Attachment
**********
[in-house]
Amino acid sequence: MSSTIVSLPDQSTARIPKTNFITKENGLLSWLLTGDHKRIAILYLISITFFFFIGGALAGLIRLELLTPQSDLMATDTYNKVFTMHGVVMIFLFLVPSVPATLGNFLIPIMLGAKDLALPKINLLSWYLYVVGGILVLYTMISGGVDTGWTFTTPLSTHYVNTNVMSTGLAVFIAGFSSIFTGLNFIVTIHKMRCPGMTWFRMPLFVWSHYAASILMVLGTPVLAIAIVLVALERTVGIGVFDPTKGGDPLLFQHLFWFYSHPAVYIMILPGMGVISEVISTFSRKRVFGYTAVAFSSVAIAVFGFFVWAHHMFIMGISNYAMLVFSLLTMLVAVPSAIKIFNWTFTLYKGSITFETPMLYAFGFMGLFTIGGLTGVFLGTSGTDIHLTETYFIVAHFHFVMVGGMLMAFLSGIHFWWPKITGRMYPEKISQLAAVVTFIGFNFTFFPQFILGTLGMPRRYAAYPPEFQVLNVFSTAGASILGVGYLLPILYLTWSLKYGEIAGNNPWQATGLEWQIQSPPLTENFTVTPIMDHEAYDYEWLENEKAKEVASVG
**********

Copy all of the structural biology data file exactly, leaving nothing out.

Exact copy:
[in-house]
Amino acid sequence: MSSTIVSLPDQSTARIPKTNFITKENGLLSWLLTGDHKRIAILYLISITFFFFIGGALAGLIRLELLTPQSDLMATDTYNKVFTMHGVVMIFLFLVPSVPATLGNFLIPIMLGAKDLALPKINLLSWYLYVVGGILVLYTMISGGVDTGWTFTTPLSTHYVNTNVMSTGLAVFIAGFSSIFTGLNFIVTIHKMRCPGMTWFRMPLFVWSHYAASILMVLGTPVLAIAIVLVALERTVGIGVFDPTKGGDPLLFQHLFWFYSHPAVYIMILPGMGVISEVISTFSRKRVFGYTAVAFSSVAIAVFGFFVWAHHMFIMGISNYAMLVFSLLTMLVAVPSAIKIFNWTFTLYKGSITFETPMLYAFGFMGLFTIGGLTGVFLGTSGTDIHLTETYFIVAHFHFVMVGGMLMAFLSGIHFWWPKITGRMYPEKISQLAAVVTFIGFNFTFFPQFILGTLGMPRRYAAYPPEFQVLNVFSTAGASILGVGYLLPILYLTWSLKYGEIAGNNPWQATGLEWQIQSPPLTENFTVTPIMDHEAYDYEWLENEKAKEVASVG